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B-line riders with the company’s signature cargo trikes.

Image: B-Line

Ask B-line’s Franklin Jones why his company’s tricycles are more efficient than trucks and he’s likely to respond with math:

“Our trikes travel roughly 11 miles per hour,” Jones posits. “That’s pretty much the pace city stoplights are timed for. So if a truck’s going 25 miles per hour, as soon as it hits a light it’s going to stop. If the truck just traveled at 11, he’d be able to go through without stopping.”

B-line’s three-wheeled, electric-assist tricycles, each hauling a large rectangular cargo carrier, have been making deliveries and pickups around Portland’s urban core since 2009. Founded by Jones, 44, a longtime recreational cyclist from Louisville, Kentucky, B-line attacks the “last mile problem”: conventional delivery trucks can be efficient over long distances on highways, but navigating through surface streets, stop signs, and residential neighborhoods pollutes the city, clogs traffic, and takes a long time.

“Our riders carry 700 pounds of product and hit 15 different stops in about two and a half hours,” explains Jones. That compares favorably, he argues, to the performance of a delivery truck on a similar route.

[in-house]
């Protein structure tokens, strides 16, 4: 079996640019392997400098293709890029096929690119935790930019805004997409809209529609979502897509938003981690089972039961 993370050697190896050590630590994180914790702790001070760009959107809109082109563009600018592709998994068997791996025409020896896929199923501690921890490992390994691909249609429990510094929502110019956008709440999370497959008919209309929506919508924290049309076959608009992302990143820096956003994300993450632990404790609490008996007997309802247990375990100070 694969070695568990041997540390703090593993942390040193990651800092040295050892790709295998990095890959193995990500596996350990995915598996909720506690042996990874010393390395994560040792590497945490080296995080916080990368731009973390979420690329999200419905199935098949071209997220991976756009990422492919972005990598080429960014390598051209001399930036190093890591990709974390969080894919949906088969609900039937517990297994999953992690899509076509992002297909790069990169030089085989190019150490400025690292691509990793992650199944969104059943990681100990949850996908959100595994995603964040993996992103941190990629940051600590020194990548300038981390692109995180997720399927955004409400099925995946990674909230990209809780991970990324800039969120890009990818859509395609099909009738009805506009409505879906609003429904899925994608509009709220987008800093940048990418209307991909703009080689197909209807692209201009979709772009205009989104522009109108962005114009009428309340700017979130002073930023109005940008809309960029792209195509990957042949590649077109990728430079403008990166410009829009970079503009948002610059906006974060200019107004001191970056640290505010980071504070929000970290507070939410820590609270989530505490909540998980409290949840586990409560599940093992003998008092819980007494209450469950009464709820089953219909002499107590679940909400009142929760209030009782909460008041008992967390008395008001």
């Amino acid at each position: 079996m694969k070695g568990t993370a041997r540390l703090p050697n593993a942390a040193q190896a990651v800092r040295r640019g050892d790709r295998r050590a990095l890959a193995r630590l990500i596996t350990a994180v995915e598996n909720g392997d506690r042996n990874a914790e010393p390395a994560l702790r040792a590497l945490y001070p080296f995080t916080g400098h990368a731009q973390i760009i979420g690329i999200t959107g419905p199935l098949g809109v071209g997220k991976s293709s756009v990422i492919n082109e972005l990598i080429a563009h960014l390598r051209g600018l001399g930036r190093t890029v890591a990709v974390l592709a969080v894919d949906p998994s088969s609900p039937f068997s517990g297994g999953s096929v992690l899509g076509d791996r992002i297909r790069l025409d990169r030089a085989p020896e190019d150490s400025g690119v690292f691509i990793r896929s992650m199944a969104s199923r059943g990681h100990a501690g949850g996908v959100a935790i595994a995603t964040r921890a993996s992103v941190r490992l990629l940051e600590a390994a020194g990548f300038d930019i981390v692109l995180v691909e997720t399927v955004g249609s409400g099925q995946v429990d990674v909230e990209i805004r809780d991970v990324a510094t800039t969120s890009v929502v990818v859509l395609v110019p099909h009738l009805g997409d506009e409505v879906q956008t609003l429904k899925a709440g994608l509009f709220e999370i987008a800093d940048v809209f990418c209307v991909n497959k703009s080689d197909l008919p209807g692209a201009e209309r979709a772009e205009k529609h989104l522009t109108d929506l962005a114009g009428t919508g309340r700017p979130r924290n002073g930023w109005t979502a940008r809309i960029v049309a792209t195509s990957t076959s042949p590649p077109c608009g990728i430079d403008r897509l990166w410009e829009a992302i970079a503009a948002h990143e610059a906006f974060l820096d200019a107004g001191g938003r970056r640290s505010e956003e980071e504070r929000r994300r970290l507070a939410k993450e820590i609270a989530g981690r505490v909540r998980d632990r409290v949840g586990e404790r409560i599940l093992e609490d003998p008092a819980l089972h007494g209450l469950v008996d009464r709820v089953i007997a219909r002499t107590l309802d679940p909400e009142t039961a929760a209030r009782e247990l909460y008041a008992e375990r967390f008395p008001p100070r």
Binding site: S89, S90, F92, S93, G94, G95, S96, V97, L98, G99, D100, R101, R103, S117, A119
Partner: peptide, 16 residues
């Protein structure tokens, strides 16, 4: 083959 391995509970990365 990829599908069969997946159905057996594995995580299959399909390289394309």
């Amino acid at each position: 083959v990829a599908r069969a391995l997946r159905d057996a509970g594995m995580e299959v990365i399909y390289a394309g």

This fall, the company moves its headquarters and distribution point to a facility in the Redd, the former warehouse in the Central Eastside Industrial District partially owned by the environmental nonprofit Ecotrust. The new digs will allow B-line to better serve the farm-to-table market: suppliers can drop produce at a single hub, and B-line can pedal the goods to market. “It really is looking to solve some of the hurdles small to midsize producers face to enter the market,” Jones says. For instance, B-line will provide a central location for purveyors like Carman Ranch in Wallowa to deliver raw meat, package it, and get it to stores via B-line’s trikes.

Since 2009 B-line has grown to a 15-person, eight-trike company, with clients like Dave’s Killer Bread, Portland Roasting Coffee, GloryBee, New Seasons, and Grand Central Bakery. In addition to opening up a secondary North Portland hub next fall, Jones looks forward to expanding to more cities.

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